On the Honor Code

Let me state my priors on the honor code. I think it’s an important set of rules that really sets BYU apart from most other top universities. Yet simultaneously I worry the honor code office has been poorly run for decades. At least it sure seems that way from many reports I’ve heard over the years since I attended. While I think discussion of the honor code office and reforms is important, I think that far too many have muddled the difference between the rules of the honor code and the enforcement tactics of the honor code office.

The honor code itself has frequently been revised. When I was at BYU they made significant changes to the dress code. So the idea that the honor code itself is sacrosanct seems silly. That doesn’t mean we should get rid of all the rules. It does mean that students may have a point that there at least ought be a debate about elements such as the no beard rule.

For many people the strength of BYU is two fold. First off it’s a location where there’s an actual space to discuss our faith in a critical fashion where critics and skeptics don’t form the baseline. There’s not a presumption of secularism and a distrust of religion such as you find at many and perhaps most major universities. That freedom is invigorating especially for many who come to BYU from outside the “Mormon Corridor” in the west. That said I know that there have been many critics of this space even from within BYU faculty. I personally hope it always remains a place where academics and religion can merge. To me if there has been a failure it has been in not merging the two enough — not, as some maintain, too much merging.

BYU’s second strength is providing a place where one has at least a reasonably good chance of living in an apartment where one can have the spirit and avoid the stresses of finding apartments in other cities. I’ve had my share of apartments both at BYU and elsewhere. BYU’s rules don’t guarantee a good experience and you don’t always have bad experiences elsewhere. However BYU’s rules make it much more likely you’ll have a good apartment situation even if they aren’t perfect. Contrary to some, I think there’s a huge difference between a roommate who doesn’t do their cleaning versus one who watches pornography openly, has sex is the room and so forth. Yes roommate conflicts happen to everyone. No they aren’t all the same spiritually. And yes, luck of the draw roommates outside of BYU are a bit more risky.

What the BYU honor code in theory ought be providing is that space for a safe and spiritual environment both on campus but also in ones apartment. It should be helping remove sexual predators from the campus area. It should also be helping students live the gospel and repent if they falter.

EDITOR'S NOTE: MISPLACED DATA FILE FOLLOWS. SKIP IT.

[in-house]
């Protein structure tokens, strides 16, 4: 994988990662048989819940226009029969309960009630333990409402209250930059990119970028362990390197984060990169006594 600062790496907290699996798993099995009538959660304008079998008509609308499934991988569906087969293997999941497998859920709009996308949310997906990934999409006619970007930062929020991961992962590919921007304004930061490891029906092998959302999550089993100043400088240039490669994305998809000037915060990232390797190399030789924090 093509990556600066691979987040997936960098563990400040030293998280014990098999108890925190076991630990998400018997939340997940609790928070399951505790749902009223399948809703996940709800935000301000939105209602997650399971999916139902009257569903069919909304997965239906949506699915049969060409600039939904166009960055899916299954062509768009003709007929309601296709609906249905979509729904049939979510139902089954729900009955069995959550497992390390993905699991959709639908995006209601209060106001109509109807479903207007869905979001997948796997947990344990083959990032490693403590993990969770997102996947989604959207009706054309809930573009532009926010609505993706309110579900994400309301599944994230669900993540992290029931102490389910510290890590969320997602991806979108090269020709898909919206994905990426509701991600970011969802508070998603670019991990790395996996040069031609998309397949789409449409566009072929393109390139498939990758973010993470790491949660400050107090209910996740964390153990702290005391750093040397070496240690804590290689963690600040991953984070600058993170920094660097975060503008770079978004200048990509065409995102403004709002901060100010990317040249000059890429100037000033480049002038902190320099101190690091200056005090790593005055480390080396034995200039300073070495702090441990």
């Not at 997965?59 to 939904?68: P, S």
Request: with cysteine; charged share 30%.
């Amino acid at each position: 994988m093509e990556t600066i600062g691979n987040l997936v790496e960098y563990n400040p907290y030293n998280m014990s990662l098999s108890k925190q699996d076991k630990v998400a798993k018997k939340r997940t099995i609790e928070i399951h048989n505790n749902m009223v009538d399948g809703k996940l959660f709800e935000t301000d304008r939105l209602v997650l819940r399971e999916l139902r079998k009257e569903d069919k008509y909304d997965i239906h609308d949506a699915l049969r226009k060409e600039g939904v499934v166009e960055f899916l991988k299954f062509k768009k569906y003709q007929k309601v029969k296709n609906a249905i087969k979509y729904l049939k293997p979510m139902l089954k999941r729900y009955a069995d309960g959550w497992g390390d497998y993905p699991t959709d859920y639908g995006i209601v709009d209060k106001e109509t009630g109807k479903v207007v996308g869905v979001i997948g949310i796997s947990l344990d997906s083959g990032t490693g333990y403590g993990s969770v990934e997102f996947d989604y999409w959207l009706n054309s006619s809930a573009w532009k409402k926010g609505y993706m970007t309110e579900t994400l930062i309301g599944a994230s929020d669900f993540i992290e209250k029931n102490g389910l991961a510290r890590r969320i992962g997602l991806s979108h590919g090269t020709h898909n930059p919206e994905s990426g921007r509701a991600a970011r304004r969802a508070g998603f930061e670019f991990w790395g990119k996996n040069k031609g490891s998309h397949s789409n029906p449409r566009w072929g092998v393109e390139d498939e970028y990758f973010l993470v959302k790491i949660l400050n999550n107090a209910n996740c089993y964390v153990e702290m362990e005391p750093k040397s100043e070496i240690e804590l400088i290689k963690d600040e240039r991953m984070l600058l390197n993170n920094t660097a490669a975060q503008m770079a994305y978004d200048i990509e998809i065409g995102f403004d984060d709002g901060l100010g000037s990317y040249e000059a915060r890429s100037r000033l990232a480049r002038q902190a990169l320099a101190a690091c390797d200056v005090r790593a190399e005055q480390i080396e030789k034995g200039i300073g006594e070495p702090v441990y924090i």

The reality unfortunately is that parents sometimes send kids who don’t want to go to a religious school like BYU. While ideally Bishops in their home wards should help prevent this, it still happens. The idea is that they’d be active good members if the patents only got them out of their current environment and into an active Church environment. Many of those kids while at BYU have no intention of following the rules. Sometimes they act out in a way because they’re angry at BYU and the rules because of what their parents are pressuring them to do. Some simply decide they don’t want to live the rules once they’re away from their parents. While I can appreciate the conflict there, especially given the practical issues of transferring to an other school, I don’t think that justifies in the least abandoning the honor code. There’s simply a huge difference between people who might make a mistake and those who show no desire to live the rules.

I transferred to BYU from an university in Canada. I’m all too aware of credits that don’t transfer, differing requirements, all of which added at least a year to my college length compared to friends. The reality is though that transferring schools just isn’t the intrinsic evil some make it out. Saying that we should abandon the honor code because people fear having to transfer simply makes no sense. People have a choice. If they decide transferring isn’t worth the difficulty then live the rules. If the rules are too hard then accept the extra year of school transferring will entail. University students are adults. Further they’re among the most educated of adults. Figuring this out shouldn’t be hard even if changing ones plans can be scary.

While the honor code is a good thing it sometimes seems like the honor code office can be anything but. There are many stories of what seems like horrendous decisions by the office. Even if the majority of those tales are exaggerated or are leaving out crucial facts, the reality is that almost no one is saying the honor code office is focused on helping students repent and change. As critics have argued, the effect is not just damage to student careers but often unnecessary driving people from the church. Whatever changes happen at the honor code office, more love, more mentoring, and more appeals and oversight seem needed.

Many people have frustrations with the honor code office. Most of the press has been focused on false charges, sometimes due to retribution from disgruntled roommates or ex-girlfriends or boyfriends. There certainly ought be consequences to false charges. Second there have been charges that the office is unwilling to work with people who have fallen. While I’m sympathetic to the difference between continued breaking of the law of chastity over time versus a few cases of failure, it does seem like the honor code office should work with people over time much like a Bishop does. The goal should be to get people to live the gospel and turn to Christ. It should not be punishment as retribution. Punishment, when it is metted out, should be to provide a safe place for others to live the gospel. We also have to recognize the many people who want to attend BYU but can’t because of enrollment caps. It’s unfair to those people to keep people here who have no intention of following the rules.